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Endangered Species Program
Conserving and restoring threatened and endangered species and their ecosystems
Kirtland's warbler (Setophaga kirtlandii ) [=Dendroica kirtlandii]
A pair of Kirtland’s warblers requires at least eight acres of dense young jack pine forest to nest, but often 30 to 40 acres is needed to raise their young. Their exacting requirements for nesting, as well as cowbird parasitism, caused a drastic decline in numbers and led the U.S. Fish and Wildlife Service to list the Kirtland’s warbler as an endangered species in 1967.
Endangered means a species is in danger of extinction throughout all or a portion of its range, while the less dire threatened designation means a species is likely to become endangered within the foreseeable future.
Until 1995 Kirtland’s warblers had only been known to nest in the northern part of Michigan’s Lower Peninsula. Today, they also nest in the Upper Peninsula, and since 2007, have nested in Wisconsin and Canada. They migrate from their nesting grounds to the southeastern coast of the United States on their way to wintering grounds in the Bahamas.
Primarily insect eaters, Kirtland’s warblers forage for insects and larvae near the ground and in lower parts of pines and oaks. They also eat blueberries.
Kirtland’s warblers nest only on the ground near the lower branches and in large stands of young jack pines that are 5 to 20 feet tall and 6 to 22 years old. The tree’s age is crucial, although biologists are not sure why. It is possible that the birds need low branches near the ground to help conceal their nests. Before the trees are six years old, the lower branches are not large enough to hide the nest. After 15 years, these lower branches begin to die.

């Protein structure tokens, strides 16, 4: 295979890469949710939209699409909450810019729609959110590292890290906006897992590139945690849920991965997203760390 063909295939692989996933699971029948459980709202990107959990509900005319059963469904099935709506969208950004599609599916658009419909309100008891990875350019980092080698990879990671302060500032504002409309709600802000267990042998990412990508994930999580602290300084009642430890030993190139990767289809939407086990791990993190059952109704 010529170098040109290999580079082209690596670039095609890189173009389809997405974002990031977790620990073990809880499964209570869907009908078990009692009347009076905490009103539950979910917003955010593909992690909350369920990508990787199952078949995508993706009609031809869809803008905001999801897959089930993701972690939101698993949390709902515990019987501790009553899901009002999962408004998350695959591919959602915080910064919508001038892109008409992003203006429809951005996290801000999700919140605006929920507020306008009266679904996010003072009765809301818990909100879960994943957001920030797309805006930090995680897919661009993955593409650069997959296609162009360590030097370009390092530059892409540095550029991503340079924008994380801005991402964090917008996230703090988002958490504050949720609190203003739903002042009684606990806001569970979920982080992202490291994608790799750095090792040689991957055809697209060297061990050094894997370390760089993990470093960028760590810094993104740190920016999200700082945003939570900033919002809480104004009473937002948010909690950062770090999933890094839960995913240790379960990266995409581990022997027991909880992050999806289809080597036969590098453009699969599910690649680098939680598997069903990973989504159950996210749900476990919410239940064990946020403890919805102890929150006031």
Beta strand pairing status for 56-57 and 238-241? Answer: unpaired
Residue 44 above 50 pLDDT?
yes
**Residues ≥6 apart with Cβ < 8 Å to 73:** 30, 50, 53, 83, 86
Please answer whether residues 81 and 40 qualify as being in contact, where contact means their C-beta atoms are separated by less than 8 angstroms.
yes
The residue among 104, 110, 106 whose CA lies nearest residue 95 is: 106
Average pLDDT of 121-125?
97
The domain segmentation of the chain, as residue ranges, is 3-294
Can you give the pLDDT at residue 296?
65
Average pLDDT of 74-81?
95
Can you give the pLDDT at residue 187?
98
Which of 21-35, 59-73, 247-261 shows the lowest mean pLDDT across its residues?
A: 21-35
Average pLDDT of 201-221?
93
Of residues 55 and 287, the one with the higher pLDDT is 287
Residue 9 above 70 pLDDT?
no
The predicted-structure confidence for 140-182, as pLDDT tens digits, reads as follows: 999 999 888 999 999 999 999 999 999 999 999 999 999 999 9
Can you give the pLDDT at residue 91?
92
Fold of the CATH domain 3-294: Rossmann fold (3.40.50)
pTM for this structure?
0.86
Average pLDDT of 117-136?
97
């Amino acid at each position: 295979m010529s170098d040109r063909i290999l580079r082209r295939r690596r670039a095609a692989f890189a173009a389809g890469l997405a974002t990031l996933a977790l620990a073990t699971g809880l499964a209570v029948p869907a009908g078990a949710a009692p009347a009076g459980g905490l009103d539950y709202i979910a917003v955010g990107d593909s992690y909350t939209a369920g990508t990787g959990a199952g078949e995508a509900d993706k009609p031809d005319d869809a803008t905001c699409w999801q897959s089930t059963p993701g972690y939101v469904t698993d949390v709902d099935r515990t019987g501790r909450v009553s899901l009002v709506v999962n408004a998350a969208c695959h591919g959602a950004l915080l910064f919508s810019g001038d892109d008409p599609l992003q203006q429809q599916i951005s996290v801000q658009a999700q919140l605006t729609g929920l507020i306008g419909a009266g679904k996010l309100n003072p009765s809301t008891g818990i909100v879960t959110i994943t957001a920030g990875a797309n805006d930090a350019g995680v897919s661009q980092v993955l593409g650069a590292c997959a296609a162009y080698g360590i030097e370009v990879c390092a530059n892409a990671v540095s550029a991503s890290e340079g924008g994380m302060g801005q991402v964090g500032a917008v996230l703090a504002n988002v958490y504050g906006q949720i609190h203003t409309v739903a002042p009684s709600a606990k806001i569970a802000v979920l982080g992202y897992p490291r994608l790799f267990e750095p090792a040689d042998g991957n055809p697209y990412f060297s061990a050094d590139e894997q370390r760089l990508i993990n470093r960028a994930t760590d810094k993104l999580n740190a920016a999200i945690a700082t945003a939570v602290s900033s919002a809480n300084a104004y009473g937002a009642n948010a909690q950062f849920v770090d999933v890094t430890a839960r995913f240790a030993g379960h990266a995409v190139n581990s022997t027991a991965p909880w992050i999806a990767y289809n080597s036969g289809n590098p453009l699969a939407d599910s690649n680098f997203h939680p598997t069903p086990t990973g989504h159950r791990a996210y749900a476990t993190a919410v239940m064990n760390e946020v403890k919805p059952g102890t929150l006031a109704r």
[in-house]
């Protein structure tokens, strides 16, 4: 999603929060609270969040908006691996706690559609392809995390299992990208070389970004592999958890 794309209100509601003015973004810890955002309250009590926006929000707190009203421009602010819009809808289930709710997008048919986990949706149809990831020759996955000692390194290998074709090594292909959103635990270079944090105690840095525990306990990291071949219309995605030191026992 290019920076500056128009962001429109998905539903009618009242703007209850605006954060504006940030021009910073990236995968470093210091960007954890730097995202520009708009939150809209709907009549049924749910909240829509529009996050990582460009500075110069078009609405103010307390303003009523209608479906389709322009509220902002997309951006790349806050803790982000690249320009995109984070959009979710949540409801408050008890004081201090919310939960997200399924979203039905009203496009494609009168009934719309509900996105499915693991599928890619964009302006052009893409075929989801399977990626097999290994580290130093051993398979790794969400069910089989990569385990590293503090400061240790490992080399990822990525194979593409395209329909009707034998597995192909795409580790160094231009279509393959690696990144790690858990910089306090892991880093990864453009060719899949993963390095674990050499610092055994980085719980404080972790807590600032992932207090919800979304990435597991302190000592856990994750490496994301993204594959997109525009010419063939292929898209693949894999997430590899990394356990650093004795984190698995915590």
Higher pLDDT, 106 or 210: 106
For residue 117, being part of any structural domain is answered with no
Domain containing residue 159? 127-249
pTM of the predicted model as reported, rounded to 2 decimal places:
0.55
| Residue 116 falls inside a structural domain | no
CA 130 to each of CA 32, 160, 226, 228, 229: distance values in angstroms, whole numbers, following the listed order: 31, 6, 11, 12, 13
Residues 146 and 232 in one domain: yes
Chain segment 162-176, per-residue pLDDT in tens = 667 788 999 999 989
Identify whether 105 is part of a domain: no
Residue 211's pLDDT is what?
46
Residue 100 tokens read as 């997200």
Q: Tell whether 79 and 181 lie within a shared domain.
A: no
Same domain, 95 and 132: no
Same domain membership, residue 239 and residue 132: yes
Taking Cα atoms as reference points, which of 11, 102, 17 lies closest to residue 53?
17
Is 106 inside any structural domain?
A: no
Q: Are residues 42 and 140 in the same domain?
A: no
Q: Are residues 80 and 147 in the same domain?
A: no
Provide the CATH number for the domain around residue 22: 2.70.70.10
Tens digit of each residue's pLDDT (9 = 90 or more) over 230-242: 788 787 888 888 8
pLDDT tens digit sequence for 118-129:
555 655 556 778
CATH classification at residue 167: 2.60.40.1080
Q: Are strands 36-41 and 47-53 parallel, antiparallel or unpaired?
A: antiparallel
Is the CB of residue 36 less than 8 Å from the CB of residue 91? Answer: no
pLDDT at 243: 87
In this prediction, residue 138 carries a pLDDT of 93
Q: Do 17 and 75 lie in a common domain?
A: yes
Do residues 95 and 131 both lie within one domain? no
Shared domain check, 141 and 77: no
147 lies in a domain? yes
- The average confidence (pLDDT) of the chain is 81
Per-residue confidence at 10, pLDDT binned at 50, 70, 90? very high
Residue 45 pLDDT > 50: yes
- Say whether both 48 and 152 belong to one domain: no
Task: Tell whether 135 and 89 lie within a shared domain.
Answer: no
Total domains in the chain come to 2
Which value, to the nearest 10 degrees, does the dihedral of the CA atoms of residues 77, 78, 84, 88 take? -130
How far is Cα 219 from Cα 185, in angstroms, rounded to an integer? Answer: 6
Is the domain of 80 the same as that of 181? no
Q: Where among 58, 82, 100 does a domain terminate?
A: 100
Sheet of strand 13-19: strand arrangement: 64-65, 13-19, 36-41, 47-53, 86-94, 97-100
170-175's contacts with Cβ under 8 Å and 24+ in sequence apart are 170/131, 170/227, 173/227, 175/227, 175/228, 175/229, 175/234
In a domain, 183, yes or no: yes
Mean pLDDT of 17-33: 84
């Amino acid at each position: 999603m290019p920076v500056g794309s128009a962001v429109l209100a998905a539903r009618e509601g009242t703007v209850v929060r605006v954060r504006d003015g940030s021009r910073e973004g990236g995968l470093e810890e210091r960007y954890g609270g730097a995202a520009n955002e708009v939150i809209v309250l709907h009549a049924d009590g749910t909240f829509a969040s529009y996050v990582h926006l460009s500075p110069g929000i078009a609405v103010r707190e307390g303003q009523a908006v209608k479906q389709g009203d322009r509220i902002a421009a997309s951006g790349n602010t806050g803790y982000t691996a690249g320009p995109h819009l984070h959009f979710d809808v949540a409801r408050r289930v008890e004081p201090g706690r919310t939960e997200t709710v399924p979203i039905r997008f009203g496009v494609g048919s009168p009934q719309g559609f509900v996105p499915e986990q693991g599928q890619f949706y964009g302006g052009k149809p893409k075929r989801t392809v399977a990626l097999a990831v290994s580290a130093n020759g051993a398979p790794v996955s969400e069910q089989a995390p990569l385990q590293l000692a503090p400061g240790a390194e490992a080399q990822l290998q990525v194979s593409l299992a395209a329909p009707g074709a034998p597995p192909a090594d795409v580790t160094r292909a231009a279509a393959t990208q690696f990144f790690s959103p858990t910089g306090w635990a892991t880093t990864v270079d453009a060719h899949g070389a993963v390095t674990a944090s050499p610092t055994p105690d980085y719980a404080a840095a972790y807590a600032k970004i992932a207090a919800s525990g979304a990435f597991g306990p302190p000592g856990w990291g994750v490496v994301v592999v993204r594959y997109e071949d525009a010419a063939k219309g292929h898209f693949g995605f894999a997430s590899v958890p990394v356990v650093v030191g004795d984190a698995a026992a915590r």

Fires play an important role in forest ecosystems. For example, without fire, jack pine cones do not completely release their seeds. Suppressing forest fires prevented the natural establishment of new jack pine stands. Since Kirtland’s warblers will only nest in stands of young jack pines, the population dwindled dramatically before scientists realized that there is a role for fire in forest ecology — and in the Kirtland’s warbler life history.
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Find out about the Kirtland's warbler from Field Office biologists Dan Elbert, Chris Mensing and Christie Deloria.
Long-term Management for Kirtland's Warbler
As a conservation-reliant species, the Kirtland’s warbler will always be dependent on annual habitat management and control of parasitic cowbirds. Although recovery goals have been met, provisions for continued management must be ensured before Endangered Species Act protection can be removed for the Kirtland's. A first step is a Memorandum of Agreement signed by partner agencies.
Natural History and Regulatory Information
Kirtland's warblers build their nests on the ground in stands of young jack pine. The jack pines must be just the right height (about 5 to 16 feet tall) and the trees must be spaced to let sunlight through to the ground. Sunlight helps keep lower tree branches alive and bushy, hiding the nest beneath them. When the trees grow larger their upper branches block the sun, causing the lower branches to die. Grasses and other plants also become less dense. The warblers then must find other nesting areas. After nesting and raising their young, Kirtland's warblers migrate to the Bahamas where they winter in scrub thickets.
Recovery is the process used to restore threatened and endangered species to the point that protection under the Endangered Species Act is no longer needed.
Under natural conditions, Kirtland's warbler nesting habitat is produced by fire. Fire has always occurred in forests and jack pine trees are dependent on fire. Heat from fire is needed to open their cones to release seeds. Fire also removes plants that compete with jack pines for forest space and creates a bed of ash that helps the new seeds grow. Fires before the 20th century were more widespread in the jack pine plains of Michigan and created large nesting areas for the Kirtland's warbler. Modern habitat management is aimed at mimicking post-fire conditions. Prescribed fire, clearcutting, replanting, and cowbird control are some of the measures taken to restore Kirtland's warblers and their habitat. We work with the U.S. Forest Service, the Michigan Department of Natural Resources and other partners to recover and conserve Kirtland's warblers.
Last updated: March 19, 2018